Endocannabinoid-mediated neuromodulation in the main olfactory bulb at the interface of environmental stimuli and central neural processing
The olfactory system has become an important functional gateway to understand and analyze neuromodulation since olfactory dysfunction and deficits have emerged as prodromal and, at other times, as first symptoms of many of neurodegenerative, neuropsychiatric and communication disorders. Considering olfactory dysfunction as outcome of altered, damaged and/or inefficient olfactory processing, in the current review, we analyze how olfactory processing interacts with the endocannabinoid signaling system. In the human body, endocannabinoid synthesis is a natural and on-demand response to a wide range of physiological and environmental stimuli. Our current understanding of the response dynamics of the endocannabinoid system is based in large part on research advances in limbic system areas, such as the hippocampus and the amygdala. Functional interactions of this signaling system with olfactory processing and associated pathways are just emerging but appear to grow rapidly with multidimensional approaches. Recent work analyzing the crystal structure of endocannabinoid receptors bound to their agonists in a signaling complex has opened avenues for developing specific therapeutic drugs that could help with neuroinflammation, neurodegeneration, and alleviation/reduction of pain. We discuss the role of endocannabinoids as signaling molecules in the olfactory system and the relevance of the endocannabinoid system for synaptic plasticity.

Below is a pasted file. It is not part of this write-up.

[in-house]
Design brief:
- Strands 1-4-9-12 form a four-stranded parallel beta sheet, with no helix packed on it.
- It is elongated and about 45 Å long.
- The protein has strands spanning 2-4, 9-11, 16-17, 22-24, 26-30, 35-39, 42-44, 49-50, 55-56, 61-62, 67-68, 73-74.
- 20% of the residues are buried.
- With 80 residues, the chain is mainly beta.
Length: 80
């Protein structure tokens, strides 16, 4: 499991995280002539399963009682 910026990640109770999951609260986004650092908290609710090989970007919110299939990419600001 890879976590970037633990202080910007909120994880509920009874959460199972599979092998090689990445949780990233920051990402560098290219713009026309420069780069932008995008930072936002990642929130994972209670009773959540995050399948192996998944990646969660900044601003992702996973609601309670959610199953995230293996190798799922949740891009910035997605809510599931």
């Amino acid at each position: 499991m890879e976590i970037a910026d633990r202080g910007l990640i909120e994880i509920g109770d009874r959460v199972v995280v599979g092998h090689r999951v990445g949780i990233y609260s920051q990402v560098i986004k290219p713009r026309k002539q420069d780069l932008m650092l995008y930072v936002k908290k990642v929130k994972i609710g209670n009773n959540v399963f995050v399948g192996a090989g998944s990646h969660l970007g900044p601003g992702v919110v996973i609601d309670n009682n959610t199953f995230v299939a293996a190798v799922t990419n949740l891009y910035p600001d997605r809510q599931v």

Heinbockel, Thomas; Bhatia-Dey, Naina; and Shields, Vonnie D.C., "Endocannabinoid-mediated neuromodulation in the main olfactory bulb at the interface of environmental stimuli and central neural processing" (2021). College of Medicine Faculty Publications. 156.